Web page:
If you’re planning your estate, or you’ve recently inherited assets, calculating the cost (or “basis”) for taxes, may be a little tricky.
What are the basic rules?
The “step-up and step-down” rules are used to determine the current fair market value of the inherited property based on the date of death. For example, if your parent bought stock in the 1980s for $1,000 and it was worth $75,000 on the day of their passing, your basis in the inherited stock would be stepped up to $75,000. The increase in stock basis of $74,000 ($75,000 – $1,000) is completely tax-free.
The current fair market value rules also apply to property inherited from foreign individuals, even if they aren’t subject to U.S. estate tax. If the property or assets are owned jointly by the inheritor and the deceased, the rules apply to the inherited portion of the property, but not the portion of jointly held property the inheritor owned before their inheritance. The fair market value rules do not apply to reinvestments of estate assets by fiduciaries.
What if you are gifted assets before death?
Referring to our example above, if your parent gifts you stock during their lifetime (rather than as an inheritance after their passing), you would not receive the “stepped-up basis.” Gifted property that has gone up in value is subject to “carryover” basis rules. This means the person receiving the gift will have the same basis the donor had (i.e., $1,000 in our example), plus a portion of any gift tax the donor pays on the gift.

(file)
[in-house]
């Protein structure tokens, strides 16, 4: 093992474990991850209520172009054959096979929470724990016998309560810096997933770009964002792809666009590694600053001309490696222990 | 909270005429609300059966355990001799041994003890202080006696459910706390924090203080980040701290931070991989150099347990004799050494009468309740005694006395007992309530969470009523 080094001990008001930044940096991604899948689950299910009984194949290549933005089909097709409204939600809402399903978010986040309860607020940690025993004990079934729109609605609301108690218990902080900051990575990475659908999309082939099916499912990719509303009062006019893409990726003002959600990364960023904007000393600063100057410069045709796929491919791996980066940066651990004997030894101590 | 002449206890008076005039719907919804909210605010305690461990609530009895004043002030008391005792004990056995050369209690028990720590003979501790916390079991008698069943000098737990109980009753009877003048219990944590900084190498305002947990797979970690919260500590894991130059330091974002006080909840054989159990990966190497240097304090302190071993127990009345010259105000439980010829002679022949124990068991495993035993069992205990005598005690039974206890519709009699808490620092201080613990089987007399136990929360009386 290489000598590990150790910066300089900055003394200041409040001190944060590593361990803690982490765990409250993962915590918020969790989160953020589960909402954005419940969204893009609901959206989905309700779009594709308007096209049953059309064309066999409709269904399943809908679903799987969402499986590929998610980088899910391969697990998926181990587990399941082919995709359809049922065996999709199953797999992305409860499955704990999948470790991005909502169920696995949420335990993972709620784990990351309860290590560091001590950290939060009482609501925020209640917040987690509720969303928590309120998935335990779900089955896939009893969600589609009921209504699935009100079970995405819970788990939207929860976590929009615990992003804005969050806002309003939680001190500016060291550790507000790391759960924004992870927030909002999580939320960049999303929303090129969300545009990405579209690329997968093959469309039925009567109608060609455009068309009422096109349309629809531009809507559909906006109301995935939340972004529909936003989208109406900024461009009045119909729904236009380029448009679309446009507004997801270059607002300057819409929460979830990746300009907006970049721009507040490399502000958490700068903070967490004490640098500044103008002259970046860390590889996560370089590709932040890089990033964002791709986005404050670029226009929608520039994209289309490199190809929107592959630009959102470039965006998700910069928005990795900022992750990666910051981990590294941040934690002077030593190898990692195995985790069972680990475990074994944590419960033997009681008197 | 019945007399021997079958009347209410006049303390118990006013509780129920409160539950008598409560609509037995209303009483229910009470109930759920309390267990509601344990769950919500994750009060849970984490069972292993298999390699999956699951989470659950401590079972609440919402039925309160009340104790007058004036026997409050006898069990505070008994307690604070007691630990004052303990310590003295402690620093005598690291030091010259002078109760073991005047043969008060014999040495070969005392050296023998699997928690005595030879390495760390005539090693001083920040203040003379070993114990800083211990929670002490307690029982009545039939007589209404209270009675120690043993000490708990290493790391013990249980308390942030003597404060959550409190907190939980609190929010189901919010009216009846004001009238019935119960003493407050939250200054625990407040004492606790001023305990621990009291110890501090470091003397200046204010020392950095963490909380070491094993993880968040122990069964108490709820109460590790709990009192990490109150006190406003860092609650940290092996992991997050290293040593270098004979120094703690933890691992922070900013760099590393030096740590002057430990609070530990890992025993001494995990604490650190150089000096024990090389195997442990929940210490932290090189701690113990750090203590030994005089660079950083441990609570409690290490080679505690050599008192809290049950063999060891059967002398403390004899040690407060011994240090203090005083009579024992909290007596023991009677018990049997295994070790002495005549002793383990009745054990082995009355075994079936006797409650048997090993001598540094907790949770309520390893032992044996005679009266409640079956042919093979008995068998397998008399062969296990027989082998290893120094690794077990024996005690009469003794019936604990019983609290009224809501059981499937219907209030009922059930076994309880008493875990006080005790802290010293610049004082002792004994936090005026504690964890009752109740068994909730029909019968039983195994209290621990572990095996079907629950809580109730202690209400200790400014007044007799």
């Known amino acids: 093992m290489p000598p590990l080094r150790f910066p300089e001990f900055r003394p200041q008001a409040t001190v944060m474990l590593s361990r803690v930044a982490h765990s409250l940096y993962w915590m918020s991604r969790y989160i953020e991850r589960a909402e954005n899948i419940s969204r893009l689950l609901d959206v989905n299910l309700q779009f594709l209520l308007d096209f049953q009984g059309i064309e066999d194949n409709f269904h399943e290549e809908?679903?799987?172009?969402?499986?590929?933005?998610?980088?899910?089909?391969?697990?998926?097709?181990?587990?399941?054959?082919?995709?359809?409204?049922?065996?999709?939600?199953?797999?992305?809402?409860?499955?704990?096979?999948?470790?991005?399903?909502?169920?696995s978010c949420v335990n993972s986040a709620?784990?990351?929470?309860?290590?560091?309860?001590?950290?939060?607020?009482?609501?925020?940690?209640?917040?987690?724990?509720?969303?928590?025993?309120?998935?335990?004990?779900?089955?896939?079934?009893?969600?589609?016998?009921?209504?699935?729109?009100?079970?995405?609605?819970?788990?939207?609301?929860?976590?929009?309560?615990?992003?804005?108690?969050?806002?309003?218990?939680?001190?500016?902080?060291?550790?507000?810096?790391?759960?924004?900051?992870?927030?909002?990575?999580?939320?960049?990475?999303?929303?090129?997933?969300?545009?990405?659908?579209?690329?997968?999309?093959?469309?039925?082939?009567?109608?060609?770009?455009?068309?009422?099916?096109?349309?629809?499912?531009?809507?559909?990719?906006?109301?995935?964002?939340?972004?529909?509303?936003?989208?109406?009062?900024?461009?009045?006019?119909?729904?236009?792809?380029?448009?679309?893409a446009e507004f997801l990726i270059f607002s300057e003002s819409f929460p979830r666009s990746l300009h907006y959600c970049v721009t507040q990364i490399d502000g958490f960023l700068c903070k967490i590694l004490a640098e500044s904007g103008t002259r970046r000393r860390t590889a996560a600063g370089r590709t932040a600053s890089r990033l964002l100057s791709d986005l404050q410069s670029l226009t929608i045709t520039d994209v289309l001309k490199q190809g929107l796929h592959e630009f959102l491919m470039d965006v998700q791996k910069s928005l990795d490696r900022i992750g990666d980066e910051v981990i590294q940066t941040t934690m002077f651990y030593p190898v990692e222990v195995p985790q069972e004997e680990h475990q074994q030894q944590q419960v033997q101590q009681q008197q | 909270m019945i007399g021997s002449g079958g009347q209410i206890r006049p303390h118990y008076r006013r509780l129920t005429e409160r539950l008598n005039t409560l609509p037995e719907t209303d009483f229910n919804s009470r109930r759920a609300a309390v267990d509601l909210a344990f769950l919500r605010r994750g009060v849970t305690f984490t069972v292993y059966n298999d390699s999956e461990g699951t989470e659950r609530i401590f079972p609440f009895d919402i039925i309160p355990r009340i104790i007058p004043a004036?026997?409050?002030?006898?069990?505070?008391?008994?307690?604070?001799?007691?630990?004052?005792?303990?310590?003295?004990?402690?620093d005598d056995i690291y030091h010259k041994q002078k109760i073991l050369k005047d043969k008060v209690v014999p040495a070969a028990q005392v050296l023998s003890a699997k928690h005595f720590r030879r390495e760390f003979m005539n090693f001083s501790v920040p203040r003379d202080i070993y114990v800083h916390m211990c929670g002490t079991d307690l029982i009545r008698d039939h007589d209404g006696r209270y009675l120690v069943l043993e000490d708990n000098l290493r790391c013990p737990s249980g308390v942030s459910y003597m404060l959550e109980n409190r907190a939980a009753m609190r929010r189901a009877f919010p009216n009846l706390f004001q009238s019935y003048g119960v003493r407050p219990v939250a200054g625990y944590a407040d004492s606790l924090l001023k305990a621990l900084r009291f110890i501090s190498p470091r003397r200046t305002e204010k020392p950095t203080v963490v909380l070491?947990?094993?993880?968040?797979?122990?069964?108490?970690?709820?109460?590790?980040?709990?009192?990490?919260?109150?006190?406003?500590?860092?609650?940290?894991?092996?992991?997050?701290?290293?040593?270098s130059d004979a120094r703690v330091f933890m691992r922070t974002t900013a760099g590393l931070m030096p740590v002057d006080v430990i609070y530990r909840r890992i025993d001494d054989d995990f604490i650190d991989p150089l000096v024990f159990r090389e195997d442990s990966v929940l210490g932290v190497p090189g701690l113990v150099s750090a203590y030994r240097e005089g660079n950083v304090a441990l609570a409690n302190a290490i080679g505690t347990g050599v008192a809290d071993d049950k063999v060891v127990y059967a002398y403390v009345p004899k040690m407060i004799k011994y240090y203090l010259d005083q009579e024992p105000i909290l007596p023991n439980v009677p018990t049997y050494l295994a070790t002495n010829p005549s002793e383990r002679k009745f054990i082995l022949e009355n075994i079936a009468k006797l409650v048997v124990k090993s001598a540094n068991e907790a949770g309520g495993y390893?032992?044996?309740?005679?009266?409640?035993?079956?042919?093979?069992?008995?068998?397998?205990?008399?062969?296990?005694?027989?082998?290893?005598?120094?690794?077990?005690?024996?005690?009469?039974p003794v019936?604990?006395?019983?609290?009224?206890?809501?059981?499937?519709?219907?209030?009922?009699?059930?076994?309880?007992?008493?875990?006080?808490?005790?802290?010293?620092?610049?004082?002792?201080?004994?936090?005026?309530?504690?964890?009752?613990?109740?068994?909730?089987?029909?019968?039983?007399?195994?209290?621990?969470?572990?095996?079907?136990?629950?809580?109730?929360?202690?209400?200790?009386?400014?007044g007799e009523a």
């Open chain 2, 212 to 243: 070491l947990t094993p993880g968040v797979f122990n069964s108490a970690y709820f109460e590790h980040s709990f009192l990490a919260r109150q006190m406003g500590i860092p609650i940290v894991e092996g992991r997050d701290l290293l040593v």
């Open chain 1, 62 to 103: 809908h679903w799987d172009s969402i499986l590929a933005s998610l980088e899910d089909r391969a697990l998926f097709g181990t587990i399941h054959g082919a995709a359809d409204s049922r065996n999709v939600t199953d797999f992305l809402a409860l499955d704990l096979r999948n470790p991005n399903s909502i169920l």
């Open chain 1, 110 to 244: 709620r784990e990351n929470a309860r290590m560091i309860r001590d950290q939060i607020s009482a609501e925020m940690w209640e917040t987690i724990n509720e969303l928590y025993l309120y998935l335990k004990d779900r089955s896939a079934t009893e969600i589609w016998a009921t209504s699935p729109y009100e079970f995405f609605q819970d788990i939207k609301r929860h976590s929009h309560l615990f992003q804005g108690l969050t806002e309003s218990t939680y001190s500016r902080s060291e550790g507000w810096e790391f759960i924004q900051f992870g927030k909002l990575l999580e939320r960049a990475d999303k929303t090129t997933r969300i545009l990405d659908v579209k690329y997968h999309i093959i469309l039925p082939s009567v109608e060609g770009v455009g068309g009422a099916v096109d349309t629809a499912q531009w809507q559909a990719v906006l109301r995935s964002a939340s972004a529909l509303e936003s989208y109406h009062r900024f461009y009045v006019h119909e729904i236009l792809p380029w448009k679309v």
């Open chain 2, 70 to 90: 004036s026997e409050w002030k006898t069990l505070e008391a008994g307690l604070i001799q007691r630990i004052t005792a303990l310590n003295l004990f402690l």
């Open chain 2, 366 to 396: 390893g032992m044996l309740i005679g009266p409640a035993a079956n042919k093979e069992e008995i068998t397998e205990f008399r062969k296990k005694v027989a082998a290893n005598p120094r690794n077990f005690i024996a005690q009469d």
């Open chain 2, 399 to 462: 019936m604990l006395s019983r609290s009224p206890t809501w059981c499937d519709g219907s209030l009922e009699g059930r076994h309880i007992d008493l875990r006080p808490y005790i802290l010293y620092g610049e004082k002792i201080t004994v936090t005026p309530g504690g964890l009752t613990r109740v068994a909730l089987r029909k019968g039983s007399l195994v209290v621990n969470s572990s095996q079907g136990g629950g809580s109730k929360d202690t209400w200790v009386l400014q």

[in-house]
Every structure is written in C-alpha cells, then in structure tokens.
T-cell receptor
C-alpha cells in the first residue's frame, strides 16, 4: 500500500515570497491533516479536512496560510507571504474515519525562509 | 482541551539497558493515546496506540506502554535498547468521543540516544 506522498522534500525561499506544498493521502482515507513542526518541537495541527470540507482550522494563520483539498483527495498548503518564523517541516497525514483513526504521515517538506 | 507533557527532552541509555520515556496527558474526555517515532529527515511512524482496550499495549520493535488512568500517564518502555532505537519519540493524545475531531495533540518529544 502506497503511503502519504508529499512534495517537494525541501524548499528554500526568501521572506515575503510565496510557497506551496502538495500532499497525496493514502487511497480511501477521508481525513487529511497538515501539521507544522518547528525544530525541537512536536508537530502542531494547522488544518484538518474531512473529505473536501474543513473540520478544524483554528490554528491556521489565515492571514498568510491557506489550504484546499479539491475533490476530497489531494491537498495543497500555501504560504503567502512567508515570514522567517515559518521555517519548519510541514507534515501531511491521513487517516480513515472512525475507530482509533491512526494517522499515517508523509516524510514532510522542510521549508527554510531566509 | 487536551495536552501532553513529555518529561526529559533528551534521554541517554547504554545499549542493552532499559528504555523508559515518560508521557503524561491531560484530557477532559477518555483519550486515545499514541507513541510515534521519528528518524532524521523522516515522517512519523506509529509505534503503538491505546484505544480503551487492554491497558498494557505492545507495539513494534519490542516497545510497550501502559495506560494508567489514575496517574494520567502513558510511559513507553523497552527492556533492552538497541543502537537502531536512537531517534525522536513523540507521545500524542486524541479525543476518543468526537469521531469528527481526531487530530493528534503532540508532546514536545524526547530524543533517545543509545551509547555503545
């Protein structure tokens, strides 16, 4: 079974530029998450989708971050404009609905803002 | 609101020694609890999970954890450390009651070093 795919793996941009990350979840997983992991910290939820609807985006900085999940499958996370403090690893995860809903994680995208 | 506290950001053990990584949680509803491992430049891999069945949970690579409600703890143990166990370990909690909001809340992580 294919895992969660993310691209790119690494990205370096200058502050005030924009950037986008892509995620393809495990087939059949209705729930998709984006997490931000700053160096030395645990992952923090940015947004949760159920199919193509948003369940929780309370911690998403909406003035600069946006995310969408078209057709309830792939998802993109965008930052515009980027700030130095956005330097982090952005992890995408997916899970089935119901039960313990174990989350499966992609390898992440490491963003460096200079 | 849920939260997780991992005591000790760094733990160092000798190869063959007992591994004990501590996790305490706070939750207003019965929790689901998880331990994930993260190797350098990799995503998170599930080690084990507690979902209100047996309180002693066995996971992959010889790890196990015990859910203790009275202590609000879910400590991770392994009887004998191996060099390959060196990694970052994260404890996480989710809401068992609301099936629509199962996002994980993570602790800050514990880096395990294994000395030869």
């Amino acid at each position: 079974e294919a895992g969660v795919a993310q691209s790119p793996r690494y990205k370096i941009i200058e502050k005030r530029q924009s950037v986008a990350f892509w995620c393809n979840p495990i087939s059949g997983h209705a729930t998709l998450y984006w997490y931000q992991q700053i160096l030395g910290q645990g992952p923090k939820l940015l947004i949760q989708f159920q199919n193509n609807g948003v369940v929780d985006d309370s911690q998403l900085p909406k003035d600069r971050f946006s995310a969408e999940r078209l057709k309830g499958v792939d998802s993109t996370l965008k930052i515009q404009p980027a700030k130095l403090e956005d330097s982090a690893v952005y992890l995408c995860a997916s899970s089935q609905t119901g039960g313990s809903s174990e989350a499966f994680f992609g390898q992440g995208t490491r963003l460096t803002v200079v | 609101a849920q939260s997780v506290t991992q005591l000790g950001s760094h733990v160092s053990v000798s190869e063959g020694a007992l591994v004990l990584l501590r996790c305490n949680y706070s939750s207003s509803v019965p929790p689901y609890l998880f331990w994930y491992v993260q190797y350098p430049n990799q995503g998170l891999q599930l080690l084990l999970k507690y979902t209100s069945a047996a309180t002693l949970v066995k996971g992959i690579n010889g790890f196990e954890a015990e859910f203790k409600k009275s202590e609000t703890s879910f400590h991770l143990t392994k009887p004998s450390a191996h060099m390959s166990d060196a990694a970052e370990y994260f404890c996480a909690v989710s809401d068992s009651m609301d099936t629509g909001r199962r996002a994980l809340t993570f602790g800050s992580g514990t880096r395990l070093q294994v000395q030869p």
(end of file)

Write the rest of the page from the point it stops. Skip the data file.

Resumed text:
When someone dies owning property that has declined in value, a “step-down” may also occur. In this case, the inherited property’s basis is lowered to the date-of-death value. If the property is gifted before death, the person receiving the gift must take the date of gift value as their basis (used for determining the gain/loss on a later sale). A good strategy for a property that has declined in value is for the owner to sell it before death and utilize the tax benefits of the loss (e.g., use this loss to offset other current-year realized gains).
Estate planning and taxes
These are the basic rules – other rules and limits may apply. In some cases, after a person’s death, the executor may be able to make an alternative valuation election. Please contact your tax advisor for assistance when planning for estate and inheritances taxes as well as lifetime gifting of property.